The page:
Epsom House in Pontville dates from c.1829 and was built as a coaching inn, The Blacksmith’s Arms. It was an important place for local society as it had a large ballroom, where settlers and officers could dance and flirt in true Georgian style. Our farewell dinner will be held at Epsom House, preceded by a delightful concert by Jennifer Marten-Smith, solo pianist from the Tasmanian Symphonic Orchestra. (Overnight Hobart) BLD
Day 5: Friday 17 February, Hobart – Coal River Valley – Cambridge – Hobart Airport
- Allport Library & Museum of Fine Arts – with Curator Caitlin Sutton
- Presentation by botanical artist, Lauren Black at the Allport Library & Museum of Fine Arts
- ‘Winnie-the-Pooh and friends’ sketches with Principal Curator of Art at TMAG, Jane Stewart
- Farewell Lunch at Frogmore Creek
- Cilwen House, Acton Park
This morning we visit the Allport Library & Museum of Fine Arts which holds a collection of significant Tasmanian paintings of the Georgian era (including works by John Glover and a portrait of him), along with rare books, manuscripts, early photographs and furniture. Curator Caitlin Sutton will prepare for our visit a special collection of rare books and sketches. One of Allport’s treasures is William Buelow Gould’s Sketchbook of Fishes, a UNESCO document of world significance.
We also meet with Lauren Black, one of Australia’s most accomplished botanical illustrators, who will show us examples of her work, and view a collection of historic Tasmanian watercolours by the renowned botanical artist Margaret Hope whose work was intended for publication in the 1880s.
Mid-morning we have a private appointment to meet with Principal Curator of Art at TMAG, Jane Stewart, for a special viewing of the gallery’s collection of original drawings of Winnie-the-Pooh and friends. Jane will show us a selection of the original drawings for A.A. Milne’s much loved children’s book done by artist and author E.H. Shepard (1879-1976). His illustrations are considered classics of children’s literature. The Tasmanian Museum and Art Gallery (TMAG) owns 29 works by Shepard, which were donated in 1981 by the sister of Shepard’s second wife, Frances Carrol, who lived in northern Tasmania. The selection of images includes original studies for Milne’s When We Were Very Young, Now We Are Six, and The House at Pooh Corner, as well as drawings of Ratty and Moley for Kenneth Grahame’s The Wind in the Willows.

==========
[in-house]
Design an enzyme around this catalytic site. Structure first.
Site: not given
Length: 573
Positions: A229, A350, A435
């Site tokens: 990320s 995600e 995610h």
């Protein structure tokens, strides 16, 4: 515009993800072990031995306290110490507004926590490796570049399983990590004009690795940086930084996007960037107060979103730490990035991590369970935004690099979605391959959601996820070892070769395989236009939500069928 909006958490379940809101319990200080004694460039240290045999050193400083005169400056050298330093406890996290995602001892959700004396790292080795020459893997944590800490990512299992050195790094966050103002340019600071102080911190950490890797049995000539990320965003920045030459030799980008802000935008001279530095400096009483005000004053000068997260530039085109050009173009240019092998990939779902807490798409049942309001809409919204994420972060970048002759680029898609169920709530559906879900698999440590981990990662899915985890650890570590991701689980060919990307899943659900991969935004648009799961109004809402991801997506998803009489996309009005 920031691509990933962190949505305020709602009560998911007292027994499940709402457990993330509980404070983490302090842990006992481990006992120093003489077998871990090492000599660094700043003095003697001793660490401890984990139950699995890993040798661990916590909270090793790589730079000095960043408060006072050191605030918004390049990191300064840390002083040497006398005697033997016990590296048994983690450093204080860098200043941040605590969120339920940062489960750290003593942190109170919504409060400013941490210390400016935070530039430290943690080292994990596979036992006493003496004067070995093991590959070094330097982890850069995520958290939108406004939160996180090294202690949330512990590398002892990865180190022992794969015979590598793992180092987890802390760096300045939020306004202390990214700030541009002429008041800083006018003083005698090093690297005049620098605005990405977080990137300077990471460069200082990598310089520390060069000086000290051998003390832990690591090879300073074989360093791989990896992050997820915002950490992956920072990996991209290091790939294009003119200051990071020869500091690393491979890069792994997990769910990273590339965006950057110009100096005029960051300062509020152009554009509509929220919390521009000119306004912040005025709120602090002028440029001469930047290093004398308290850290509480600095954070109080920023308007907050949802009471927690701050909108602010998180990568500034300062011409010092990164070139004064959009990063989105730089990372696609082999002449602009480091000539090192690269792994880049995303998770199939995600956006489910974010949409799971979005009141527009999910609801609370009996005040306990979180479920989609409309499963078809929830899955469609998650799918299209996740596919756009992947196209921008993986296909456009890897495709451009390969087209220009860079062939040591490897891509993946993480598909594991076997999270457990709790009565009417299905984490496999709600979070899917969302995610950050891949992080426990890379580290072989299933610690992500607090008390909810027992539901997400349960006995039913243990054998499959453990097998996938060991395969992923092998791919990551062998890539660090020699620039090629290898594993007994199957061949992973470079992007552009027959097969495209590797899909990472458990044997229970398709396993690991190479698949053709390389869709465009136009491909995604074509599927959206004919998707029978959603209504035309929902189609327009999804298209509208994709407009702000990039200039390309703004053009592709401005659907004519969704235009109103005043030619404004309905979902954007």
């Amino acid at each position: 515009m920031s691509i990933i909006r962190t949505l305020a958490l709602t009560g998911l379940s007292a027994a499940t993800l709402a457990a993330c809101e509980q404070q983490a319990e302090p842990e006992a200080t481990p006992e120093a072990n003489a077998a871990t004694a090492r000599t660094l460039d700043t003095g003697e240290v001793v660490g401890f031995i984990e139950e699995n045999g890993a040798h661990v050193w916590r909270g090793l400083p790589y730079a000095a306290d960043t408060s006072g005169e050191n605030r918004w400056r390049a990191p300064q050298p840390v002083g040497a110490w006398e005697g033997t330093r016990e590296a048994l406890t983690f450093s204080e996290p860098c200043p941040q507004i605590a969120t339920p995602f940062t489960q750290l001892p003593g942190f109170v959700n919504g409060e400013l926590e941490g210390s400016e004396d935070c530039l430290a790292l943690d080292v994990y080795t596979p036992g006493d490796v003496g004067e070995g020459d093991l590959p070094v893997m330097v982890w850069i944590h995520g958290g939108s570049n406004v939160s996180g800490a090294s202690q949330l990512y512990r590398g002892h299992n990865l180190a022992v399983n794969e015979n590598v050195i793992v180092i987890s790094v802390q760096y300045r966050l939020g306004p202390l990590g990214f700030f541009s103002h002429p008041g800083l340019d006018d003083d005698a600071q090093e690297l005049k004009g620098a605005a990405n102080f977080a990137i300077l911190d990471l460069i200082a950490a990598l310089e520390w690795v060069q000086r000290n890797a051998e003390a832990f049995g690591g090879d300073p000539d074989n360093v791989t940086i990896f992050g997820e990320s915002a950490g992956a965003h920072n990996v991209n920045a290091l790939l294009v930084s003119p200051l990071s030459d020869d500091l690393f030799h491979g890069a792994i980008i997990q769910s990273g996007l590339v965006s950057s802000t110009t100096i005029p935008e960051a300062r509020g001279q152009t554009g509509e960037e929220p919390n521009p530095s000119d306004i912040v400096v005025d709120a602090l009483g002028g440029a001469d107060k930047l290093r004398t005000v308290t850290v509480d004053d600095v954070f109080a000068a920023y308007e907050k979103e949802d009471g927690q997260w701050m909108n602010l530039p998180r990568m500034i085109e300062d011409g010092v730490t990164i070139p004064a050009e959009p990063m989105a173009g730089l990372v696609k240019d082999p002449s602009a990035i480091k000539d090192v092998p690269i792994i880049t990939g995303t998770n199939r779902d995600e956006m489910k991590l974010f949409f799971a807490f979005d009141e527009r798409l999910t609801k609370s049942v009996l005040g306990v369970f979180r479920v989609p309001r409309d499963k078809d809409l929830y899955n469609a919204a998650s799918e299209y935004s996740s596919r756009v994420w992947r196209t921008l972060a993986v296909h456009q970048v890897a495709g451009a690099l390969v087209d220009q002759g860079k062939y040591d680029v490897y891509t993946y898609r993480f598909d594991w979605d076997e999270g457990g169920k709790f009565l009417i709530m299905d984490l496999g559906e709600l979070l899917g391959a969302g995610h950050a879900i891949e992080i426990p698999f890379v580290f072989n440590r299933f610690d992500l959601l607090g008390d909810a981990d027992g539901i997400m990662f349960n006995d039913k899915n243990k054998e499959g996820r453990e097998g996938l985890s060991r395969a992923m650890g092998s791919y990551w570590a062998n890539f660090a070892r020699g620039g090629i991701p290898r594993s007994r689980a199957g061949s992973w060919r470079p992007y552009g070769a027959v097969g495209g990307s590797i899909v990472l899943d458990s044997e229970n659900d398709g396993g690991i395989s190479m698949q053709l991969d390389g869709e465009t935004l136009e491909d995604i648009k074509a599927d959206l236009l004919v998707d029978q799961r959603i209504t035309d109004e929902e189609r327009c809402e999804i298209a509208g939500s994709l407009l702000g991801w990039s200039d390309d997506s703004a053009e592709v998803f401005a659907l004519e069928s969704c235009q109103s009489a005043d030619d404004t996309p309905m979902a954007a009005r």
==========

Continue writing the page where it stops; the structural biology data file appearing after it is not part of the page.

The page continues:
We then depart for the Coal River Valley to enjoy lunch at an award-winning winery, Frogmore Creek. The restaurant showcases local produce. Convicts relied on salt beef and weevilly biscuits, but Tasmanian food has come a very long way and today the island is noted for its gastronomy.
Our final visit is to Cilwen House, a sublime Georgian masterpiece dating from 1835 which stands on the foothills of Mt Romney. This magnificent early colonial home features a beautifully crafted blackwood staircase, timber floors, Baltic pine ceilings, crafted open fireplaces, cedar shutters and a superb ballroom (now used as the master suite). The home is set within architecturally landscaped gardens which features a 100-year old mulberry tree. We will enjoy a private tour of Cilwen’s house and gardens before heading to Hobart Airport where our tour ends at approximately 5.00pm. BL